Using location data to track coronavirus: An opportunity and tremendous risk
The information could be used to map the spread of the infection and predict where outbreak clusters might happen next.
First Israel proposed using a “secret trove” of cellphone data to track the spread of coronavirus infection in the country, tapping a mobile phone database “secretly gathered to combat terrorism.” Now the U.S. government is proposing to do something similar in coordination with Google and other major U.S. tech companies.
According to the Washington Post, “The U.S. government is in active talks with Facebook, Google and a wide array of tech companies and health experts about how they can use location data gleaned from Americans’ phones to combat the novel coronavirus, including tracking whether people are keeping one another at safe distances to stem the outbreak.”
The benefits of using location data. There’s no question that mobile-location data and offline movement patterns could be a powerful tool in fighting the coronavirus and providing insights about where and how quickly the virus is spreading. The benefits of accessing “aggregated, anonymized” location data could include:
- Tracking areas where known carriers had been and alerting those communities.
- Determining whether social distancing is working, and whether and where people are congregating in groups or whether they are staying apart.
- Literally mapping the spread of the infection and predicting where outbreak clusters might happen next.
Concerns about abuse. The problem, of course, is whether this evolves from a public health and safety tool into something potentially more expansive beyond the initial scope over time. This is what many privacy advocates believe happened with The Patriot Act, originally passed in the wake of 9/11 to protect American lives, it became a controversial instrument of domestic surveillance.
Declining trust and a skeptical public. Both the Trump administration and major U.S. tech companies have credibility issues with the U.S. public. Facebook and Google, and to a lesser degree Apple, have been involved in personal data-related controversies in the past, dating back years in some cases. This has caused a general erosion of trust in these companies and their public statements about safeguarding privacy.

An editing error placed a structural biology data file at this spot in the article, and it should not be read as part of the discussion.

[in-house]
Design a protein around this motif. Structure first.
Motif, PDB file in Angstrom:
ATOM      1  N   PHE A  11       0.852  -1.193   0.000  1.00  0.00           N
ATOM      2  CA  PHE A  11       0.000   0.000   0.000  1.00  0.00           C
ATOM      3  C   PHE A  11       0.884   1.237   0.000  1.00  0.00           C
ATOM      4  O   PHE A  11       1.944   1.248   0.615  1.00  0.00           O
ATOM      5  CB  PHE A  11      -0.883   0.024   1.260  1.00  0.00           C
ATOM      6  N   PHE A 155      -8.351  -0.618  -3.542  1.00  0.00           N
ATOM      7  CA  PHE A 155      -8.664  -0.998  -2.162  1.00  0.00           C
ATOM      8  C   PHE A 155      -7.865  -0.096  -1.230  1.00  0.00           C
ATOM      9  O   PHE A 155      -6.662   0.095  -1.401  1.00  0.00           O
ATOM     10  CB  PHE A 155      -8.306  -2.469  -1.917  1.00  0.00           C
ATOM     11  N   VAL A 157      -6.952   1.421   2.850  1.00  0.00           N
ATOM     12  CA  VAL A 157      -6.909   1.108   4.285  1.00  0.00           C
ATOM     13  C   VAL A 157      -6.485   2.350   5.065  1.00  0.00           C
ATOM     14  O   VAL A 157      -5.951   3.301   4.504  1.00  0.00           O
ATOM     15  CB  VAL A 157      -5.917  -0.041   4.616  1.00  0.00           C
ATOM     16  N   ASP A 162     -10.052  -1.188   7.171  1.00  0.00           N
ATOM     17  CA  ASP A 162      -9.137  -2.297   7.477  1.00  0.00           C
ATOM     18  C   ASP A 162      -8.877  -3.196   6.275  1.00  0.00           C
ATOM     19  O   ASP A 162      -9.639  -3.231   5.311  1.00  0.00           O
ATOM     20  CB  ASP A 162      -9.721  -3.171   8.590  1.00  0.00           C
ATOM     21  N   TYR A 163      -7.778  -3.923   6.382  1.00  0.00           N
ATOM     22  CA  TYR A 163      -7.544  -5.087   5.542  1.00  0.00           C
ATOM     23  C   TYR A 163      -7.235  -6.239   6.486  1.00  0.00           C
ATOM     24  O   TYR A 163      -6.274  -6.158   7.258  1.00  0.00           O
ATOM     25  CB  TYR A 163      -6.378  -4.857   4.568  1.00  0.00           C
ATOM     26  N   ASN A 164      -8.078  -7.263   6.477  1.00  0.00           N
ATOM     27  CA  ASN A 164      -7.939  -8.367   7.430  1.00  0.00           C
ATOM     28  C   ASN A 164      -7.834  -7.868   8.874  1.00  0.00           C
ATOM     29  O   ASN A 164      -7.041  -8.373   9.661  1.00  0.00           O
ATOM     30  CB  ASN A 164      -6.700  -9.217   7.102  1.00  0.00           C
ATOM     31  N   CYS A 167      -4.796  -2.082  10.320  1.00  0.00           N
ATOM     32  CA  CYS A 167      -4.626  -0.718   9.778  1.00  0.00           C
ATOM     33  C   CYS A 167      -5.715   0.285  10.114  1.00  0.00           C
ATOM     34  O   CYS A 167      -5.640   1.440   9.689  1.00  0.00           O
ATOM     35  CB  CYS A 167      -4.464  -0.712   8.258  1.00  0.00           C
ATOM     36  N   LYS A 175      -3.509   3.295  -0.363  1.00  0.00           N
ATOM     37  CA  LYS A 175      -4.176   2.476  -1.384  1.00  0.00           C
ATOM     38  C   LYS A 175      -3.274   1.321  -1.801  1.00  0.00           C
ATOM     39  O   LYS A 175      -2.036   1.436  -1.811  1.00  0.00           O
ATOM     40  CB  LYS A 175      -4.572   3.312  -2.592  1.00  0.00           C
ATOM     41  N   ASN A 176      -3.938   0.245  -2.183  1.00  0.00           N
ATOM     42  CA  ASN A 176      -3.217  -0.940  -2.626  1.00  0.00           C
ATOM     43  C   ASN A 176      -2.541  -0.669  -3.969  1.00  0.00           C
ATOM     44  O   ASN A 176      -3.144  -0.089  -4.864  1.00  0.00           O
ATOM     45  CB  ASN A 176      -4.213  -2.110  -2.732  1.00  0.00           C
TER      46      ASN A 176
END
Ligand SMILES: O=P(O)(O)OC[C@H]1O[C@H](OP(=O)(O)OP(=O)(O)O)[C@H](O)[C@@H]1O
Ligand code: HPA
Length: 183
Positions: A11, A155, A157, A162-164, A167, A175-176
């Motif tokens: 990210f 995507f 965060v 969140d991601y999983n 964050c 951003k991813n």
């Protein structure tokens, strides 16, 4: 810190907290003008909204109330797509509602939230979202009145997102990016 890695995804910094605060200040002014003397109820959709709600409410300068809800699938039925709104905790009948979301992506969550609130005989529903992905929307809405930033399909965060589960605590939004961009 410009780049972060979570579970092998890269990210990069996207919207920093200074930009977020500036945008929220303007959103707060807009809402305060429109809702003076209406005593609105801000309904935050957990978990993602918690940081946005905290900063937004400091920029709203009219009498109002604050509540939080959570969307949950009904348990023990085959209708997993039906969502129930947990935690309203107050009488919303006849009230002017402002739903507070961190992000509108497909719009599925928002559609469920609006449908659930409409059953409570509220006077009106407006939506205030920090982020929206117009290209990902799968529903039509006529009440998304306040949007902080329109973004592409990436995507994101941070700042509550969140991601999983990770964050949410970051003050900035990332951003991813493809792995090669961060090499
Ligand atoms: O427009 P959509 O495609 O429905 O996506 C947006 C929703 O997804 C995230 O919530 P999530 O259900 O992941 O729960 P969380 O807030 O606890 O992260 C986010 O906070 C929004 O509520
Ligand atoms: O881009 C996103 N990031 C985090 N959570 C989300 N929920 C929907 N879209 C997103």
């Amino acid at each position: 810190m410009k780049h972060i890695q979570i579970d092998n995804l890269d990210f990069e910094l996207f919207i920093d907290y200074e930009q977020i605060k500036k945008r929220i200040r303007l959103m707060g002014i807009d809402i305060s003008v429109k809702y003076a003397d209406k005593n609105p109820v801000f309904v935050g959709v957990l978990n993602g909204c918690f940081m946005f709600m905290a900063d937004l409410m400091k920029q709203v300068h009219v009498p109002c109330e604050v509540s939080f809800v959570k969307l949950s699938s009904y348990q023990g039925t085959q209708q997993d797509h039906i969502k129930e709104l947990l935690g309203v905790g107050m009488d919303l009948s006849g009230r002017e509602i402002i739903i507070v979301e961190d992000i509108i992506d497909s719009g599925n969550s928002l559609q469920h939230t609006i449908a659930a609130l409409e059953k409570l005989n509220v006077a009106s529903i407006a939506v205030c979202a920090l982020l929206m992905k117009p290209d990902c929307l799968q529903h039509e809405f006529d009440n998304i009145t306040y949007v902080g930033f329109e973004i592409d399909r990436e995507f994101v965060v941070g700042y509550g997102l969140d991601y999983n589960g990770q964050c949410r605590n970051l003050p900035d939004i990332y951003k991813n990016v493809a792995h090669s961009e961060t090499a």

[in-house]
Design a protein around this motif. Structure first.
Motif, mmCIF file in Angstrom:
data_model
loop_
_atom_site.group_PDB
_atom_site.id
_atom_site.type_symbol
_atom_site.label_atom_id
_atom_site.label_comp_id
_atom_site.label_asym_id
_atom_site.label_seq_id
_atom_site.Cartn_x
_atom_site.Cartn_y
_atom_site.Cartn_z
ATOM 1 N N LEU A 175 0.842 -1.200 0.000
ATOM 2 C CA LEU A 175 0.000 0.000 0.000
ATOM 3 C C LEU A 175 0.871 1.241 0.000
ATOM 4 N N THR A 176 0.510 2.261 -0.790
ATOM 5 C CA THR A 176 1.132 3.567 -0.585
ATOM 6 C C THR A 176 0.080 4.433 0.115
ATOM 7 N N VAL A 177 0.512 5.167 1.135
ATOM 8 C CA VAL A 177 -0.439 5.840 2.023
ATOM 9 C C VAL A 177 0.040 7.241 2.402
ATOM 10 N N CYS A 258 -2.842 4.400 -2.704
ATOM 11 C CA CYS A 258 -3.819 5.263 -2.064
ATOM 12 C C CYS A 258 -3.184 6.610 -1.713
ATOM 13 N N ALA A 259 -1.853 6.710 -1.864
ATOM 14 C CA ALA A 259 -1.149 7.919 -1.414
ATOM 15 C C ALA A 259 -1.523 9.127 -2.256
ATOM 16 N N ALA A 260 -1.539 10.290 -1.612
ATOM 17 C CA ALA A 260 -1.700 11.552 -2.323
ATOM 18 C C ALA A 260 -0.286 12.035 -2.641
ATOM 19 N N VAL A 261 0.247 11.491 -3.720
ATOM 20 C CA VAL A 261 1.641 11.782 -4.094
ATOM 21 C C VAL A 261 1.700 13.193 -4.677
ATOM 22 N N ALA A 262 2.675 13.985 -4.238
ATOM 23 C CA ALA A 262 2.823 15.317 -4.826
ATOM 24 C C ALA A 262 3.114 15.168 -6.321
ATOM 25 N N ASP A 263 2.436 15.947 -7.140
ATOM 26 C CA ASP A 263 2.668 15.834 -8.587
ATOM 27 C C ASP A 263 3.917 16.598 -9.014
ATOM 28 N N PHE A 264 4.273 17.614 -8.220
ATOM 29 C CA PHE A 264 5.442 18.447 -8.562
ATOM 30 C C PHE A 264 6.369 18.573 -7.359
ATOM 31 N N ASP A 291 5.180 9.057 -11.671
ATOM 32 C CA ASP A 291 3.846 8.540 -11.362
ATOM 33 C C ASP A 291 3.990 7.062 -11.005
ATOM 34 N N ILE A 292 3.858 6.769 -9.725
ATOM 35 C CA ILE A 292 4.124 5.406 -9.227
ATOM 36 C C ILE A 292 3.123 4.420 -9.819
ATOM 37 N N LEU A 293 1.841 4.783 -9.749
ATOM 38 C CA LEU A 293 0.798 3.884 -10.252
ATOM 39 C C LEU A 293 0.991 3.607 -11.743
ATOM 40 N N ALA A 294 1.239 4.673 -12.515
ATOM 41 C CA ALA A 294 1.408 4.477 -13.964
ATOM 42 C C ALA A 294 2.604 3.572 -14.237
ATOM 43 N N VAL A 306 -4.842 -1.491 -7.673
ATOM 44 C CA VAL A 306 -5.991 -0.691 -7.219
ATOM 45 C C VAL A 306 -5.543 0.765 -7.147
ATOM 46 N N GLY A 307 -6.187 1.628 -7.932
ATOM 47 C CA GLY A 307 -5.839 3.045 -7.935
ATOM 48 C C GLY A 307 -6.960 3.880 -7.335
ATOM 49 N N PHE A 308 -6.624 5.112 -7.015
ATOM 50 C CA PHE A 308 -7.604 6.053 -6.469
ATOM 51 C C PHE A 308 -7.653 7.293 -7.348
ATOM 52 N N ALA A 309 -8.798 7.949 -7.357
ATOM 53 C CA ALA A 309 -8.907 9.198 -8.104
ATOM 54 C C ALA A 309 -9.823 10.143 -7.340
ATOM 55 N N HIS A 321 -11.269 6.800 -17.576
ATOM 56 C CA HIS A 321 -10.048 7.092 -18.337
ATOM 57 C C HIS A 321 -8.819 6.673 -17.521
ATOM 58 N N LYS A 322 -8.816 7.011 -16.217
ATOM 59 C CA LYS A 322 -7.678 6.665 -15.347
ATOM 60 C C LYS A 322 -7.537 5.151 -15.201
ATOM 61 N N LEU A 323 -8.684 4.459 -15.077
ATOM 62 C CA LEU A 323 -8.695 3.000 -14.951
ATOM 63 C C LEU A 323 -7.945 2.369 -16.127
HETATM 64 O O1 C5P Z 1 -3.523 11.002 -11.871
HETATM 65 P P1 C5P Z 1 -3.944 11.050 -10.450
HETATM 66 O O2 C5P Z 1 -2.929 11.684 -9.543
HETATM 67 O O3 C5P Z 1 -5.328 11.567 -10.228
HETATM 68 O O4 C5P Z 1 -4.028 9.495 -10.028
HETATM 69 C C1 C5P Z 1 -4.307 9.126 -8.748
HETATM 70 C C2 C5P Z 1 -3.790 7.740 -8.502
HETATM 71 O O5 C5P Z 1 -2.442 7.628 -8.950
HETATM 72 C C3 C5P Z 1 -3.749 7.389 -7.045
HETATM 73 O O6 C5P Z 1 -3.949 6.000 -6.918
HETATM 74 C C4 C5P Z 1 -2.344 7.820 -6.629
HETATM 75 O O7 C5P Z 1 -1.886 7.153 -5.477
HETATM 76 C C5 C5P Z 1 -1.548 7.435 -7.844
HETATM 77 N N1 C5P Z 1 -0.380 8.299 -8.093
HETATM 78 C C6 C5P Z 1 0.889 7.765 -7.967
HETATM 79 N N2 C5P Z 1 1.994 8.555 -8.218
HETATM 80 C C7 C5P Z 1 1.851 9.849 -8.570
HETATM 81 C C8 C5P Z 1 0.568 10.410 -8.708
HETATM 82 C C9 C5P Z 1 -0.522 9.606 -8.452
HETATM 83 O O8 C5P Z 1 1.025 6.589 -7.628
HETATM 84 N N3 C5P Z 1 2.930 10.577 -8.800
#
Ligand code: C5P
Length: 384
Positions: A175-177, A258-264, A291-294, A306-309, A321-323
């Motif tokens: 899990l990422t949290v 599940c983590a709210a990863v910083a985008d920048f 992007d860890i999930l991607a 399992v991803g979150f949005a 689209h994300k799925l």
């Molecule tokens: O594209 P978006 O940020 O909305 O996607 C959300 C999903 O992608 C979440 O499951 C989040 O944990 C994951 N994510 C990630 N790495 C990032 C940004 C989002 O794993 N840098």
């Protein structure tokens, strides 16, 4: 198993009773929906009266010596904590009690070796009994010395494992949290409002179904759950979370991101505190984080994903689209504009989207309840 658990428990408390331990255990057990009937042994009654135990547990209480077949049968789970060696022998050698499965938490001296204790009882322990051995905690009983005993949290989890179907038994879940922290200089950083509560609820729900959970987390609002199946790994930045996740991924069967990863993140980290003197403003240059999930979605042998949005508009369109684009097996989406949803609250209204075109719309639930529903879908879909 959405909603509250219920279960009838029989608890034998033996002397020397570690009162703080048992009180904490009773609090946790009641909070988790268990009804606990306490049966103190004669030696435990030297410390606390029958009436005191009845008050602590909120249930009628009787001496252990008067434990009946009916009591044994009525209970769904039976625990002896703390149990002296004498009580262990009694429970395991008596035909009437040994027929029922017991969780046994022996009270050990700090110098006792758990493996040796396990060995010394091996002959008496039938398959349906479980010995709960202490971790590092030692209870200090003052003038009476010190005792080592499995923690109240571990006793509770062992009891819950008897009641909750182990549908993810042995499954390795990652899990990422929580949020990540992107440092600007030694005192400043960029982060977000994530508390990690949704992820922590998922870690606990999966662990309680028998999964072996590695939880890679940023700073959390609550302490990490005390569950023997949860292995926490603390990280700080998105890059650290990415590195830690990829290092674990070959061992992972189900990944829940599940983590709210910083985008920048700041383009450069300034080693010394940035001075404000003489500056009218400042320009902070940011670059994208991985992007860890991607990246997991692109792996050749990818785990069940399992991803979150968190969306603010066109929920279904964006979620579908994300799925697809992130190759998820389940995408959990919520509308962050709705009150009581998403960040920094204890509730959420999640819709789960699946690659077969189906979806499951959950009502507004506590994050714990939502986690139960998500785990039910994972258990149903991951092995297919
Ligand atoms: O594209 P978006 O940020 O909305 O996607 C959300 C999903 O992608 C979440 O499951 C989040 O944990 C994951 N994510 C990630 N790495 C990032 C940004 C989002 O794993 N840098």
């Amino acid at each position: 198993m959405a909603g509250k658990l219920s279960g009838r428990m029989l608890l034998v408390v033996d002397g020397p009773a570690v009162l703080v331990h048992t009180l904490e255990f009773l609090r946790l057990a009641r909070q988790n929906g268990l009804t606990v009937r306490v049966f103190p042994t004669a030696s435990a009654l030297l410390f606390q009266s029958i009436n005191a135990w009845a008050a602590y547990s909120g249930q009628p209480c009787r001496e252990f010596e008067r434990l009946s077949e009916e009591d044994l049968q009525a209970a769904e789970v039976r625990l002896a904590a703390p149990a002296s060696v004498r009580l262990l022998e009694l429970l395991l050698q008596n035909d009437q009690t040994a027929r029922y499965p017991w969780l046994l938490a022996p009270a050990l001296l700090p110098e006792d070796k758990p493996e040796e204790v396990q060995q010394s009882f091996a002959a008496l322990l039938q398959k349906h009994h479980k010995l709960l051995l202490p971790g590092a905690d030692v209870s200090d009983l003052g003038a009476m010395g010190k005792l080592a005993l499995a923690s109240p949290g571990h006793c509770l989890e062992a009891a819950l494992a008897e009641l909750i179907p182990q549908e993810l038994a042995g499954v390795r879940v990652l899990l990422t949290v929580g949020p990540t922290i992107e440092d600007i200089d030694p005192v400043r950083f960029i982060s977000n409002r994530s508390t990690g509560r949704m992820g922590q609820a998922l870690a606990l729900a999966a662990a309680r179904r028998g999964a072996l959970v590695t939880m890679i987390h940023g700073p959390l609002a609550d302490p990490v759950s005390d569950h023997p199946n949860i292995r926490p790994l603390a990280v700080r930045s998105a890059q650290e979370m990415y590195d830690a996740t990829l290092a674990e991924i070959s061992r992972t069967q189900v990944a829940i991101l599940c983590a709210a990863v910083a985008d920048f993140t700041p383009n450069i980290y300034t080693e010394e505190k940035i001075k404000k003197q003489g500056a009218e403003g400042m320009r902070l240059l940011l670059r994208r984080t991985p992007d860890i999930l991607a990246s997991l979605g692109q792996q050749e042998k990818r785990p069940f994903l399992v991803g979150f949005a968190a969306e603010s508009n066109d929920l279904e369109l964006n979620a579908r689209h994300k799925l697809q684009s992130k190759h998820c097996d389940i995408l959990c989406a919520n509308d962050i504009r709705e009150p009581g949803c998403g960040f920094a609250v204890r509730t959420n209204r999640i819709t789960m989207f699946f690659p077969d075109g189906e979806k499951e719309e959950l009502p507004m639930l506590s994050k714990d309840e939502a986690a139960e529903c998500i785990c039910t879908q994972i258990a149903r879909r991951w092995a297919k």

That distrust is even more acute when it comes to health-related personal data. A 2018 survey of 4,000 U.S. adults, conducted by Rock Health, found that only 11% of respondents were willing to share their health information with tech companies and only 12% with the U.S. government. Today those figures might even be lower.
A 2019 survey (chart above) of more than 3,500 people in the U.S. and U.K. found low levels of trust in major tech companies in general. Only 24% trusted Google and only 13% said they trusted Facebook. Other surveys reflect different numbers, but directionally they all convey declining trust. At one point (2014), however, more people trusted Google than the U.S. government.
Why we care. Location data is extremely valuable, especially as cookies disappear. However, issues of consumer privacy and public trust are directly relevant to sensitive uses of location data, such as in this case. Consumers have often expressed strong, negative views about being tracked on their phones. GDPR and CCPA are both partly responses to perceptions of data misuse or mishandling by tech companies, as well as perceived indifference to consumer privacy concerns.
Location data would undoubtedly be extremely helpful in the coronavirus fight. But any leaks, misuse or abuse might fuel a further public backlash that could jeopardize the continuing availability of location data for marketers, and bring more regulatory or legislative restrictions in the future.